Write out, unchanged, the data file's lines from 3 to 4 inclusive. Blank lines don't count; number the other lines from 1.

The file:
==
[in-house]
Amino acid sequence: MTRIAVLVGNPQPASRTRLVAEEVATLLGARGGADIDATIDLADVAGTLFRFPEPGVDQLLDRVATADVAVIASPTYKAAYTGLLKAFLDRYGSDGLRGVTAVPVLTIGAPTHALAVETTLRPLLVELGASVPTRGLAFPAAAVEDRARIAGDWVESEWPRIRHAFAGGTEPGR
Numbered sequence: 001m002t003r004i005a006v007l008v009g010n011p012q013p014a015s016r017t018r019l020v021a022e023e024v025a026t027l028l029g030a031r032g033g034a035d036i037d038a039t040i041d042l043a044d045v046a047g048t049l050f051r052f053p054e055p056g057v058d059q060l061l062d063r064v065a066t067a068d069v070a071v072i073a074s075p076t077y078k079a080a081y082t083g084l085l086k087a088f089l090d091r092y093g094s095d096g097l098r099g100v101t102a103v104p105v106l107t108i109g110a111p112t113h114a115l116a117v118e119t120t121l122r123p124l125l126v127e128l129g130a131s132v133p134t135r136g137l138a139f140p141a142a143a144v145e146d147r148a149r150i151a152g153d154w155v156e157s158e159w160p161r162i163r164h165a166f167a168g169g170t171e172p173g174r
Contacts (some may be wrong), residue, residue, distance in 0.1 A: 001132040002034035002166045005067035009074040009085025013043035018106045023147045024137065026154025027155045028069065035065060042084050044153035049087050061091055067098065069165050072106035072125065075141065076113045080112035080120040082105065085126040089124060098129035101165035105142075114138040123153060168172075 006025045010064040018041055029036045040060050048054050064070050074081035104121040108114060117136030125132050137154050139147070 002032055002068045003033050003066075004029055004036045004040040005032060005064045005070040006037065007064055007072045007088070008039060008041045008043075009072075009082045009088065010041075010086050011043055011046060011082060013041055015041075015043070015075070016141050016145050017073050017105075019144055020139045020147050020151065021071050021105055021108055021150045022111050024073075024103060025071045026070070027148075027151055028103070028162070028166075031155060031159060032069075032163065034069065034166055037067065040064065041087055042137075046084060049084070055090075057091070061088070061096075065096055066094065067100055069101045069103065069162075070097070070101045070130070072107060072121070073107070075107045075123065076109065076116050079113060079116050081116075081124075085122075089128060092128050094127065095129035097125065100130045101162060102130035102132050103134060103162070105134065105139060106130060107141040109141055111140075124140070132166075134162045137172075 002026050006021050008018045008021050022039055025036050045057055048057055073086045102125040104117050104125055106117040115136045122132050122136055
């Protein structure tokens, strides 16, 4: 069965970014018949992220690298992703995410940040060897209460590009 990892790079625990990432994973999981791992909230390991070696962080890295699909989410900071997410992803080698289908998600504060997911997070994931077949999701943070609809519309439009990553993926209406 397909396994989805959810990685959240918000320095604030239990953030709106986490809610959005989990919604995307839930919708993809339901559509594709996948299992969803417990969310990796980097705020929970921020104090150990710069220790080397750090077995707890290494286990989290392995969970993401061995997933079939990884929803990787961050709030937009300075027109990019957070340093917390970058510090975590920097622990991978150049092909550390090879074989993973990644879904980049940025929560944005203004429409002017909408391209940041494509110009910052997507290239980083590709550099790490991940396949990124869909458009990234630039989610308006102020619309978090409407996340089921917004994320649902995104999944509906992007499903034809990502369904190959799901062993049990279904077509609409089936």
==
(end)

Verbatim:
Numbered sequence: 001m002t003r004i005a006v007l008v009g010n011p012q013p014a015s016r017t018r019l020v021a022e023e024v025a026t027l028l029g030a031r032g033g034a035d036i037d038a039t040i041d042l043a044d045v046a047g048t049l050f051r052f053p054e055p056g057v058d059q060l061l062d063r064v065a066t067a068d069v070a071v072i073a074s075p076t077y078k079a080a081y082t083g084l085l086k087a088f089l090d091r092y093g094s095d096g097l098r099g100v101t102a103v104p105v106l107t108i109g110a111p112t113h114a115l116a117v118e119t120t121l122r123p124l125l126v127e128l129g130a131s132v133p134t135r136g137l138a139f140p141a142a143a144v145e146d147r148a149r150i151a152g153d154w155v156e157s158e159w160p161r162i163r164h165a166f167a168g169g170t171e172p173g174r
Contacts (some may be wrong), residue, residue, distance in 0.1 A: 001132040002034035002166045005067035009074040009085025013043035018106045023147045024137065026154025027155045028069065035065060042084050044153035049087050061091055067098065069165050072106035072125065075141065076113045080112035080120040082105065085126040089124060098129035101165035105142075114138040123153060168172075 006025045010064040018041055029036045040060050048054050064070050074081035104121040108114060117136030125132050137154050139147070 002032055002068045003033050003066075004029055004036045004040040005032060005064045005070040006037065007064055007072045007088070008039060008041045008043075009072075009082045009088065010041075010086050011043055011046060011082060013041055015041075015043070015075070016141050016145050017073050017105075019144055020139045020147050020151065021071050021105055021108055021150045022111050024073075024103060025071045026070070027148075027151055028103070028162070028166075031155060031159060032069075032163065034069065034166055037067065040064065041087055042137075046084060049084070055090075057091070061088070061096075065096055066094065067100055069101045069103065069162075070097070070101045070130070072107060072121070073107070075107045075123065076109065076116050079113060079116050081116075081124075085122075089128060092128050094127065095129035097125065100130045101162060102130035102132050103134060103162070105134065105139060106130060107141040109141055111140075124140070132166075134162045137172075 002026050006021050008018045008021050022039055025036050045057055048057055073086045102125040104117050104125055106117040115136045122132050122136055